I'm reading Lysias I (On the Murder of Erathostenes) in the edition by Geoffrey Steadman and encountered the following difficulty
εἰδὼς δ᾽ ἐγὼ ὅτι τηνικαῦτα ἀφιγμένος οὐδένα καταλήψοιτο οἴκοι τῶν ἐπιτηδείων, ἐκέλευον, συνδειπνεῖν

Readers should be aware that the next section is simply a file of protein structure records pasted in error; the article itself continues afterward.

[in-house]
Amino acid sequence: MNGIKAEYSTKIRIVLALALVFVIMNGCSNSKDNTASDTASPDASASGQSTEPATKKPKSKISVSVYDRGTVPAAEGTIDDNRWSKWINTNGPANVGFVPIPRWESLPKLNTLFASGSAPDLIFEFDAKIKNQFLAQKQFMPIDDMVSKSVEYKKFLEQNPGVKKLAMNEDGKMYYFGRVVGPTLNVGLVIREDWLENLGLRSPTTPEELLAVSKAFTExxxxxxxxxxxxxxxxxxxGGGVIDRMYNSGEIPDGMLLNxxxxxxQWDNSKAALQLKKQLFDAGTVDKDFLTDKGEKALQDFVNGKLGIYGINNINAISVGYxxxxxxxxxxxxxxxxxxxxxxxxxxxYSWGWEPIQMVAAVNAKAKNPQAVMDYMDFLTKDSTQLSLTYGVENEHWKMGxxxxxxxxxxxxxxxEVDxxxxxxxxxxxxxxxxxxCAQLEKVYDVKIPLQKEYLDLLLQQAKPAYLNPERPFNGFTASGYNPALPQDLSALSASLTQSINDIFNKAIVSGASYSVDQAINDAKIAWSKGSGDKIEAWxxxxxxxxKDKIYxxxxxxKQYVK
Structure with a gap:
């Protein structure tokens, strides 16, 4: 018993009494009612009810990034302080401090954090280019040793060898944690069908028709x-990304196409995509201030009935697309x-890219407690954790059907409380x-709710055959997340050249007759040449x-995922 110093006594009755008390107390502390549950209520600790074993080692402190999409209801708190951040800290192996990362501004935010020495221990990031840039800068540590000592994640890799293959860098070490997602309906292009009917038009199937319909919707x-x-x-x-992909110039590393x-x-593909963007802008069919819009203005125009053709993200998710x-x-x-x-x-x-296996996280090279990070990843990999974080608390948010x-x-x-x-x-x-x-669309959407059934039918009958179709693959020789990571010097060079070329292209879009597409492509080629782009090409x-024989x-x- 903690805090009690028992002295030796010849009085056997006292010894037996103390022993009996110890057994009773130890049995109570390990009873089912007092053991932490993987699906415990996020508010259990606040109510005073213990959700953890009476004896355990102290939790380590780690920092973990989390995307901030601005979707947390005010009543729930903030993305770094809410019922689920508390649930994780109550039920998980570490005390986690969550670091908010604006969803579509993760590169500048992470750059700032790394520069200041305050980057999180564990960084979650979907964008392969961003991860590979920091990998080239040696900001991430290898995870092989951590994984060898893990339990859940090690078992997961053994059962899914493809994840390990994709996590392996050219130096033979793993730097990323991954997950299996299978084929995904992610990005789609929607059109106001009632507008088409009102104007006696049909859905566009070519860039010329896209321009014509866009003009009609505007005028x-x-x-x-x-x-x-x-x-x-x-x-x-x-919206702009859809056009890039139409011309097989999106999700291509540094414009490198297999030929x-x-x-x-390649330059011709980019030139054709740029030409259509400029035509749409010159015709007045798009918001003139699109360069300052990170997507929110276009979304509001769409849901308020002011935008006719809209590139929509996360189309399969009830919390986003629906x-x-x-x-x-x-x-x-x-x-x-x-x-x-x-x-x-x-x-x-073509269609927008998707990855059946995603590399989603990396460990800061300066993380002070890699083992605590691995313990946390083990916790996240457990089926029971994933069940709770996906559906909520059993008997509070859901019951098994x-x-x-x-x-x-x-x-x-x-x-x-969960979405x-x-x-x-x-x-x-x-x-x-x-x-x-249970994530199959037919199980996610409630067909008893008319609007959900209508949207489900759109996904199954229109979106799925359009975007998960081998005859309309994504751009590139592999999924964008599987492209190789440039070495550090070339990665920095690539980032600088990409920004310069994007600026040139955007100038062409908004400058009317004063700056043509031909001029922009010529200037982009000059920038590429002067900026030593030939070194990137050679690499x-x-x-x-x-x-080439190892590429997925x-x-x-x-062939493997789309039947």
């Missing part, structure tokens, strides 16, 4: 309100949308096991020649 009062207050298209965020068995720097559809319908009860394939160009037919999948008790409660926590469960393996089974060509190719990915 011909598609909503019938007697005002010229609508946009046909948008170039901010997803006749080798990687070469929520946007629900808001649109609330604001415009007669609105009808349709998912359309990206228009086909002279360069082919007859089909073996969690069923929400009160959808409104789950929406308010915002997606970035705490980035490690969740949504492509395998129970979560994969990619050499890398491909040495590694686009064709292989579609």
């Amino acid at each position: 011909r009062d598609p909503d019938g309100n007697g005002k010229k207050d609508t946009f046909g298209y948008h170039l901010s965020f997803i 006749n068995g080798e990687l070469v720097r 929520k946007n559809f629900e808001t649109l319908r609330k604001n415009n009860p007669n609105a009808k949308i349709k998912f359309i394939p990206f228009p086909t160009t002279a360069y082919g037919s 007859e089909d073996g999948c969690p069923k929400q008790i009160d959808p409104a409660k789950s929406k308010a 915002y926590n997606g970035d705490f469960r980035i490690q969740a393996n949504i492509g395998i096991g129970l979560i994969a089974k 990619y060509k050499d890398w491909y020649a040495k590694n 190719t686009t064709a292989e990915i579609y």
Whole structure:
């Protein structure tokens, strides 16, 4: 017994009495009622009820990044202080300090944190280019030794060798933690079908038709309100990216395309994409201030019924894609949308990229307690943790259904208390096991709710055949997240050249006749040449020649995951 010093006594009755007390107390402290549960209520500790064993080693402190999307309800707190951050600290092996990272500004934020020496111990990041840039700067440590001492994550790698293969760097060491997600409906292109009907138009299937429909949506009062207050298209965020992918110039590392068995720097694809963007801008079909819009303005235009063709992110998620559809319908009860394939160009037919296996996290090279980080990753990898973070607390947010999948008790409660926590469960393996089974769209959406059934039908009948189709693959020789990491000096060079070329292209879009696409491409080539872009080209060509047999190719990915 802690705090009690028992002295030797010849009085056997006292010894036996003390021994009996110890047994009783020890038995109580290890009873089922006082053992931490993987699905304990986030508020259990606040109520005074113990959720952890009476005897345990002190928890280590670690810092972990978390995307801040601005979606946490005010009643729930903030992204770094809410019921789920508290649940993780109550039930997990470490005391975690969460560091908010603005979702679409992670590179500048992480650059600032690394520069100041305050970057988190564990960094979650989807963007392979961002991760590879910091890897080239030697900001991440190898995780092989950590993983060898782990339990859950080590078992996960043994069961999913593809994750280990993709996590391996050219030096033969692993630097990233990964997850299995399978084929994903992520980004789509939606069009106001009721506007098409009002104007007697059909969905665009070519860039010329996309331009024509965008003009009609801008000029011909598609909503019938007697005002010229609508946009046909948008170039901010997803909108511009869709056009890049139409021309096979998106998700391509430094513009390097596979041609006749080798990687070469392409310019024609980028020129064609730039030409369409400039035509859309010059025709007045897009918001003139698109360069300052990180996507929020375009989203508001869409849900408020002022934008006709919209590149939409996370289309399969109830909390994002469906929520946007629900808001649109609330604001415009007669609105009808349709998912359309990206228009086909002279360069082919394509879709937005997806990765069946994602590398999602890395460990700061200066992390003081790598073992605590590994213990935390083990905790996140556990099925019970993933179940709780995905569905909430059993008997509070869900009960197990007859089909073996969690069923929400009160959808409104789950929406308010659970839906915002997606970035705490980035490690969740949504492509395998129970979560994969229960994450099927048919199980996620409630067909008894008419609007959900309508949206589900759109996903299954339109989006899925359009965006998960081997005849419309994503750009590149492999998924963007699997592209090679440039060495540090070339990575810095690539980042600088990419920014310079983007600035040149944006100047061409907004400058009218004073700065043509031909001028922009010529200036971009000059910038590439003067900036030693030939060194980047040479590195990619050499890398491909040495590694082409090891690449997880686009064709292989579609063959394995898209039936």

(As I knew that, arriving at that hour, he would find none of his circle at home, I invited him to dine with me)
Steadman says in his notes that καταλήψοιτο is an aorist optative, but surely that has to be future optative instead. But why use a future optative here? I remember Mastronarde mentioning somewhere that the future optative has a very restricted use, but I don't think he expands on this. Any thoughts?